Somerset antique map Ordnance Survey published 1888

£45.00

Somerset antique map. A rare Ordnance Survey map by Robert Owen Jones, Royal Engineer, produced for the Local Government Boundary Commission Report, 1888. The map shows the Poor Law Unions of: Long Ashton, Keynsham, Clutton, Bath, Axbridge, Wells, Shepton Mallet, Frome, Bridgewater, Wincanton, Langport, Yeovil, Chard, Taunton, Wellington and Dulverton; together with proposed County Boundary changes and amendments to Civil Parishes, etc. Paper size approx. 17 x 21.5 inches. Usual folds where bound into the Report (see scan.) Nice condition.

In stock

Description

Somerset antique map. A rare Ordnance Survey map by Robert Owen Jones, Royal Engineer, produced for the Local Government Boundary Commission Report, 1888. The map shows the Poor Law Unions of: Long Ashton, Keynsham, Clutton, Bath, Axbridge, Wells, Shepton Mallet, Frome, Bridgewater, Wincanton, Langport, Yeovil, Chard, Taunton, Wellington and Dulverton; together with proposed County Boundary changes and amendments to Civil Parishes, etc.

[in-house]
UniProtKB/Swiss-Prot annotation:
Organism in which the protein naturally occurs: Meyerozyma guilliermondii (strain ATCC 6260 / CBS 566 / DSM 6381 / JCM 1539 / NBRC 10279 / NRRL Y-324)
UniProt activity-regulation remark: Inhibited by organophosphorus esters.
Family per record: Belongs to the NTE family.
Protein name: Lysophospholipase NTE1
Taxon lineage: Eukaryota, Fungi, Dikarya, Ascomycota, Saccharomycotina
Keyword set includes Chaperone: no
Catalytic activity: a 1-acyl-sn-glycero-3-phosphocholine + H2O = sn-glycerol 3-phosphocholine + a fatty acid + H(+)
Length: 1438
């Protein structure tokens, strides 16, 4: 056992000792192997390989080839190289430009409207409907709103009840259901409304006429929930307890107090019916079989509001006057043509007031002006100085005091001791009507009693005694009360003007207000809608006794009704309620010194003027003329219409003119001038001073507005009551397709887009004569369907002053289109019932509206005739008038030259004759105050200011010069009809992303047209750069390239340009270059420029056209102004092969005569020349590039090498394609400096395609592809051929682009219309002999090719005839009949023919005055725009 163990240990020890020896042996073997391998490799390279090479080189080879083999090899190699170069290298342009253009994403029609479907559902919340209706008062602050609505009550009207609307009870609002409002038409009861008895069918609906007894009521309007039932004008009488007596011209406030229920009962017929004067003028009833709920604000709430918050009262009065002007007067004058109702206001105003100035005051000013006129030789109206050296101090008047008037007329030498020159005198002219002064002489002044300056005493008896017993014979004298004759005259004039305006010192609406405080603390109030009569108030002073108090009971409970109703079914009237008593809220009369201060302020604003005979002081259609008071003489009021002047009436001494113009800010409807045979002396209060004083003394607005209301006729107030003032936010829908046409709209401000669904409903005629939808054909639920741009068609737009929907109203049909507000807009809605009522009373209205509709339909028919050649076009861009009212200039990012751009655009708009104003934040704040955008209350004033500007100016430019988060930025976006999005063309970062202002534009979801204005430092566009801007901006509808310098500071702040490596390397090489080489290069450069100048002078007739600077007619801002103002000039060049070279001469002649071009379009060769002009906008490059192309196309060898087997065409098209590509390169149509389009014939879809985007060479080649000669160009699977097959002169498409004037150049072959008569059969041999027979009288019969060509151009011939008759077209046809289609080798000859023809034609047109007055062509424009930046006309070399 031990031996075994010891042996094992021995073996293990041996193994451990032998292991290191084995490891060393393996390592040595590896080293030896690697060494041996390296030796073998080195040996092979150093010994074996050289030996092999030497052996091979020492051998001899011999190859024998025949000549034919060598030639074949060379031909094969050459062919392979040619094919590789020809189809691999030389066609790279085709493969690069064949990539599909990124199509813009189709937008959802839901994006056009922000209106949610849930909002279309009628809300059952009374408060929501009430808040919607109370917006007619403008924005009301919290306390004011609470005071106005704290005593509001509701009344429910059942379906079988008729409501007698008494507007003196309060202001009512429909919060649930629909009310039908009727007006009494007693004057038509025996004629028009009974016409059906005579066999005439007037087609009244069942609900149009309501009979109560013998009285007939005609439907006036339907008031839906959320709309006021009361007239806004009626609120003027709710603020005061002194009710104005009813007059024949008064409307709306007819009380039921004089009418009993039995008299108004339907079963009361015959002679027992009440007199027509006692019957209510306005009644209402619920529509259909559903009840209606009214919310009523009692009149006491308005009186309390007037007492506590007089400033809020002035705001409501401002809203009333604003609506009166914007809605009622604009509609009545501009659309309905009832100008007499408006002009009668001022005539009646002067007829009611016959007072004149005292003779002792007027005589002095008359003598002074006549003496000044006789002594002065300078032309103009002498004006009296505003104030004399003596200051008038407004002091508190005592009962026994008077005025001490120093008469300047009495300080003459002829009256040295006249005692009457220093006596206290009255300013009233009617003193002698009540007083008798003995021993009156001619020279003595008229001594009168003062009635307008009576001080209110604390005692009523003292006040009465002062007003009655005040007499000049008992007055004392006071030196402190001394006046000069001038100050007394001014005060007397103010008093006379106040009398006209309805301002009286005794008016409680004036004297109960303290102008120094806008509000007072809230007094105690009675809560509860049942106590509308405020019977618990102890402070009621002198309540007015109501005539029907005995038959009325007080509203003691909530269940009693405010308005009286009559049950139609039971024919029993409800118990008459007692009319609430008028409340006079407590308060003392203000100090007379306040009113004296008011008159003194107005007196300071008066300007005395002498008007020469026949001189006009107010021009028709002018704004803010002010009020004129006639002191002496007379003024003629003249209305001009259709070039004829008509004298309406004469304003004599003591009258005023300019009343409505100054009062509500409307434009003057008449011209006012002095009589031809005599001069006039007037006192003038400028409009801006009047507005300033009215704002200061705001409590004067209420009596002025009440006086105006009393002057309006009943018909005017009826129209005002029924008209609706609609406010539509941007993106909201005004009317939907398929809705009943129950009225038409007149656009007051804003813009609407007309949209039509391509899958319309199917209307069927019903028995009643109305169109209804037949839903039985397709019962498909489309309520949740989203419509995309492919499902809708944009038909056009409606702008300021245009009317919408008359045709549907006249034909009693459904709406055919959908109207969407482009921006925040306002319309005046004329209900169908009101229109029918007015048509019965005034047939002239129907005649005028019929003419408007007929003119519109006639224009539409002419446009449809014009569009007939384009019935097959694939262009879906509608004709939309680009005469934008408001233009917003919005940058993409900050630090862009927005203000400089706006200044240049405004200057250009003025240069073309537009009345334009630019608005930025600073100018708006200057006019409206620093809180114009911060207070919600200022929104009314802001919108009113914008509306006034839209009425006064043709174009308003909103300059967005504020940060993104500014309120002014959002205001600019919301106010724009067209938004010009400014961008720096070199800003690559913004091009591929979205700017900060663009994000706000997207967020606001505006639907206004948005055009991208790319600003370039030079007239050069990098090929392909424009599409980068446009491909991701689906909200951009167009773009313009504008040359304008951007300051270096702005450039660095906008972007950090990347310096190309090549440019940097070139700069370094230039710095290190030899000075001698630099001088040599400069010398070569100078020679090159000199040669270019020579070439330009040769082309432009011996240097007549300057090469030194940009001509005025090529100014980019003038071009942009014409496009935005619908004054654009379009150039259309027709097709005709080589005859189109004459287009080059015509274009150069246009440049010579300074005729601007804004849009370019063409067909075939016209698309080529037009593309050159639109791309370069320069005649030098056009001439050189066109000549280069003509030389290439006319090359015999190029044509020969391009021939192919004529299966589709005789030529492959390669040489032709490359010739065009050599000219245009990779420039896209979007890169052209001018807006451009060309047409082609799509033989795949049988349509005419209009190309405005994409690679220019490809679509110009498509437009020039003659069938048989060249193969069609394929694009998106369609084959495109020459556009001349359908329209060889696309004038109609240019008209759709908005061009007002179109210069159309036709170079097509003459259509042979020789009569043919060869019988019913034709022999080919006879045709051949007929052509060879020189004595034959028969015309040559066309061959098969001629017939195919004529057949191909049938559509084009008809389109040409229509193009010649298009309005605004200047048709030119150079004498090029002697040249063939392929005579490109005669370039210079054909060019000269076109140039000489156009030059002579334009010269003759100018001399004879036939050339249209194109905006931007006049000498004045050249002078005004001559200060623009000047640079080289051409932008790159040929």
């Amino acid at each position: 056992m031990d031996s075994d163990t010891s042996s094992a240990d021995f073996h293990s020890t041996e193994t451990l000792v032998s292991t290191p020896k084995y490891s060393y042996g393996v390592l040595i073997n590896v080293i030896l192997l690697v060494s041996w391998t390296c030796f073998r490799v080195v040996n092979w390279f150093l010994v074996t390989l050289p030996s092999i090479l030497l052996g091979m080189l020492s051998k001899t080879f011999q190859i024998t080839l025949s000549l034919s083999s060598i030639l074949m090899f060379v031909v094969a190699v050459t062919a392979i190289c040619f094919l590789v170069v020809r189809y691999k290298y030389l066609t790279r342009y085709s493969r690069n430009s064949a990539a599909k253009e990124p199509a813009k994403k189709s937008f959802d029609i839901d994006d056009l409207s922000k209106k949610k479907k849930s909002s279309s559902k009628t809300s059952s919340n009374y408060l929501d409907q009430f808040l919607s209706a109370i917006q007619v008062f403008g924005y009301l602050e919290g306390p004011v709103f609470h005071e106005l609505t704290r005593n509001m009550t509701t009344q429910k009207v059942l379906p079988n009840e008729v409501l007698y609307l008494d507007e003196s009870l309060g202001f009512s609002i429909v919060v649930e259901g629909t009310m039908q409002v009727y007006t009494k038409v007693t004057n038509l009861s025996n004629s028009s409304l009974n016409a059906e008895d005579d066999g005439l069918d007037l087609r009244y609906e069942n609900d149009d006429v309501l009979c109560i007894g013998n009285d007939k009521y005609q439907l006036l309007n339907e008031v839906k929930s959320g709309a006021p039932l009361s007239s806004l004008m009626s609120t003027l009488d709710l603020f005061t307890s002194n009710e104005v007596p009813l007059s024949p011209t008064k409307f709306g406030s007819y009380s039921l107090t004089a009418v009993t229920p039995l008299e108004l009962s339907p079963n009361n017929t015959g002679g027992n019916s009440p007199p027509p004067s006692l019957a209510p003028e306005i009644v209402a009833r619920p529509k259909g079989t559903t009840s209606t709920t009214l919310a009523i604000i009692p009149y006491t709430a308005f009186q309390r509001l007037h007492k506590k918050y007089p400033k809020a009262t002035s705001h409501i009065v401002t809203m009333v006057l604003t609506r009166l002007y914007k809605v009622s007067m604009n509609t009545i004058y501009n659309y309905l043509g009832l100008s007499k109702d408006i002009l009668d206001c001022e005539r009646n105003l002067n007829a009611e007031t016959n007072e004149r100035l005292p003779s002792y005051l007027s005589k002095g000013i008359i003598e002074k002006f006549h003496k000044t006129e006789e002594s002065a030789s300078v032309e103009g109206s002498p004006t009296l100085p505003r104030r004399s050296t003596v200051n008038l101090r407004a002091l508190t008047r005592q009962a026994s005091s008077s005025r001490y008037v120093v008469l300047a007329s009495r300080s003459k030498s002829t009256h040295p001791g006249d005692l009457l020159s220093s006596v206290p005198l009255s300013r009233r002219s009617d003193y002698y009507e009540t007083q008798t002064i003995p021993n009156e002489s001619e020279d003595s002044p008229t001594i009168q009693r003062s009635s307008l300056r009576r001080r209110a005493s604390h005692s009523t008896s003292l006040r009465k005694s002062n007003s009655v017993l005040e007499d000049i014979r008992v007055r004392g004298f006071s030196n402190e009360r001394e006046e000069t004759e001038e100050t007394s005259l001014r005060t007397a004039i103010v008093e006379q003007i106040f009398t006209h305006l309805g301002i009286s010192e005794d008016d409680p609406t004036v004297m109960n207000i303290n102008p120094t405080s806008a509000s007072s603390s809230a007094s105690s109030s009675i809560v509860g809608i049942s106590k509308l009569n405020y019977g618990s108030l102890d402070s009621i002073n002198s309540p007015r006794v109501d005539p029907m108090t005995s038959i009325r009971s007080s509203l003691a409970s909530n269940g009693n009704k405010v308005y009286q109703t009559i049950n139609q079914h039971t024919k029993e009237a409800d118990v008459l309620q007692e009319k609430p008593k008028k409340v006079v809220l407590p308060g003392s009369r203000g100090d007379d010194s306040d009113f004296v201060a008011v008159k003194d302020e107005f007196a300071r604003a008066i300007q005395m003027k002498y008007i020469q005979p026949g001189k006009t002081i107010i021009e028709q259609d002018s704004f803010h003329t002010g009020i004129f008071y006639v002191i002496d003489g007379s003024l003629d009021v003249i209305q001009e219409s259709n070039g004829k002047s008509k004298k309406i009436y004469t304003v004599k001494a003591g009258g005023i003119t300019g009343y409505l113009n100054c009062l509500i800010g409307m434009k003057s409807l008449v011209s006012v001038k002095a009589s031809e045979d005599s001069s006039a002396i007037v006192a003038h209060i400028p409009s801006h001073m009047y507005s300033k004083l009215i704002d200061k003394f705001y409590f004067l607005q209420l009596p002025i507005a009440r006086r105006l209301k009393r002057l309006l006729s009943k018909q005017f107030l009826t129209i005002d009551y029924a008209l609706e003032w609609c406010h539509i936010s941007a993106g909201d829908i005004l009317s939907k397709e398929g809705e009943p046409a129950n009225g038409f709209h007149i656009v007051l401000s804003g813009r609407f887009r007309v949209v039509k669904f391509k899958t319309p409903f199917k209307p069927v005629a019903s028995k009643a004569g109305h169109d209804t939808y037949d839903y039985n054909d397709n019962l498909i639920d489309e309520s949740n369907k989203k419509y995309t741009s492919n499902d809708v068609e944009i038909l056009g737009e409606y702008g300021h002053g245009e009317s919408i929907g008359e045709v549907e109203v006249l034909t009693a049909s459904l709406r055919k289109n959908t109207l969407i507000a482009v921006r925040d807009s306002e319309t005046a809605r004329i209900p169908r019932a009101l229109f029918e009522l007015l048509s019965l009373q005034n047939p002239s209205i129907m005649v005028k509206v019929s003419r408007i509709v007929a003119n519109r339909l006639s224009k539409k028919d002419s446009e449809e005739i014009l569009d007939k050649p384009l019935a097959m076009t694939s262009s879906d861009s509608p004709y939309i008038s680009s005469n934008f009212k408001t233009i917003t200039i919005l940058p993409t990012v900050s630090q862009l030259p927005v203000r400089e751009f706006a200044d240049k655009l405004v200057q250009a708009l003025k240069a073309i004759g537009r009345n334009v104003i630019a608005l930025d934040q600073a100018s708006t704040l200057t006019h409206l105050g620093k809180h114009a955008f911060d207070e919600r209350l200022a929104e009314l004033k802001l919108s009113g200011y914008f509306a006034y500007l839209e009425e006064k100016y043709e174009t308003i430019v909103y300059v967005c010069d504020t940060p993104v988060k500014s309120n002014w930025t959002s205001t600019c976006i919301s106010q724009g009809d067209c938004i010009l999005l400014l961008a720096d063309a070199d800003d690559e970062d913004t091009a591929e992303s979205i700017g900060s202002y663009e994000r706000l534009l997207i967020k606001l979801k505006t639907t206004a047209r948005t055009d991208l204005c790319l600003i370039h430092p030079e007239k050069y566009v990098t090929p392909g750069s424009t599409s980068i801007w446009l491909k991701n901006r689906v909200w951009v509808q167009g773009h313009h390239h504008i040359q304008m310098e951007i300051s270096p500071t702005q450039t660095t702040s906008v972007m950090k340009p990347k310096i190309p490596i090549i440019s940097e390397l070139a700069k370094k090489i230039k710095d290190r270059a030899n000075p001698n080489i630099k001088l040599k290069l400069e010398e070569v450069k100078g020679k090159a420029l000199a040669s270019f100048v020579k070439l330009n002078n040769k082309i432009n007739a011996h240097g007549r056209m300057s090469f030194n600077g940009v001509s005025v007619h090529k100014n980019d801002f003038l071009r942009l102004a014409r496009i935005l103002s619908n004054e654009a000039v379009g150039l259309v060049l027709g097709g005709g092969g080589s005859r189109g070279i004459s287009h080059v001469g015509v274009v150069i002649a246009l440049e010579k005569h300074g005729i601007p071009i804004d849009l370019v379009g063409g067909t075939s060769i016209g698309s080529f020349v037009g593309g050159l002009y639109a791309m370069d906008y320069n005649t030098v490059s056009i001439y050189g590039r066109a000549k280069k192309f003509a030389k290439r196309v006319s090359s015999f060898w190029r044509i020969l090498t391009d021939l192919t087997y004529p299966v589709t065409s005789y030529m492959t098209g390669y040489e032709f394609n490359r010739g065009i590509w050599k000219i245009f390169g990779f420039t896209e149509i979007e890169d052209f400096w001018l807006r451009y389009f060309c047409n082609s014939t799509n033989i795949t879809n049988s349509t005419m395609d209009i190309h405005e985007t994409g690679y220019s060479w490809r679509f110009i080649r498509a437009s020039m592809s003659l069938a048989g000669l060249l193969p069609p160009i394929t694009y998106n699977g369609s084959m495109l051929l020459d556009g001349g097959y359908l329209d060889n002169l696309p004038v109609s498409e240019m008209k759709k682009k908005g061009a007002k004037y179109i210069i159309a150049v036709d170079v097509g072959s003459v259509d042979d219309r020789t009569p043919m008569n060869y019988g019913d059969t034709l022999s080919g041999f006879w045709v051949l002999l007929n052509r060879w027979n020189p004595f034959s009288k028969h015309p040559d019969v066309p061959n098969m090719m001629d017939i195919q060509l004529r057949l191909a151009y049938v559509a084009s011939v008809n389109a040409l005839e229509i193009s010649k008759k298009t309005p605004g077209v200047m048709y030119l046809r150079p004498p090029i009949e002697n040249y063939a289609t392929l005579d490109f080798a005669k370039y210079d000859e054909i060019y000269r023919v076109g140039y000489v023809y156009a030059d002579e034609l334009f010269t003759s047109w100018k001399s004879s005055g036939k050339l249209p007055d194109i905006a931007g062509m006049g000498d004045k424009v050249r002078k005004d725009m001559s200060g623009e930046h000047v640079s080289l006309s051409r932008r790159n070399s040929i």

Somerset archaicallySomersetshire) is a county in South West England which borders Gloucestershire and Bristol to the north, Wiltshire to the east, Dorset to the south-east and Devon to the south-west. It is bounded to the north and west by the Severn Estuary and the Bristol Channel, its coastline facing southeastern Wales. Its traditional border with Gloucestershire is the River Avon. Somerset’s county town is Taunton.

Boundary Commissions in the United Kingdom are non-departmental public bodies responsible for determining the boundaries of constituencies for elections to the House of Commons, and areas of local government.

The Local Government (Boundaries) Act 1887 (50 & 51 Vict. c. 61) was an Act of the Parliament of the United Kingdom. The Act established boundary commissioners to reform the areas of administrative bodies in England and Wales in preparation for the creation of elected councils by the Local Government Act 1888. In the event, the recommendations of the commissioners were not carried out.

Zincography was a planographic printing process that used zinc plates. Alois Senefelder first mentioned zinc’s lithographic use as a substitute for Bavarian limestone in his 1801 English patent specifications. In 1834, Federico Lacelli patented a zincographic printing process, producing large maps called géoramas. In 1837-1842, Eugène-Florent Kaeppelin perfected the process to create a large polychrome geologic map.

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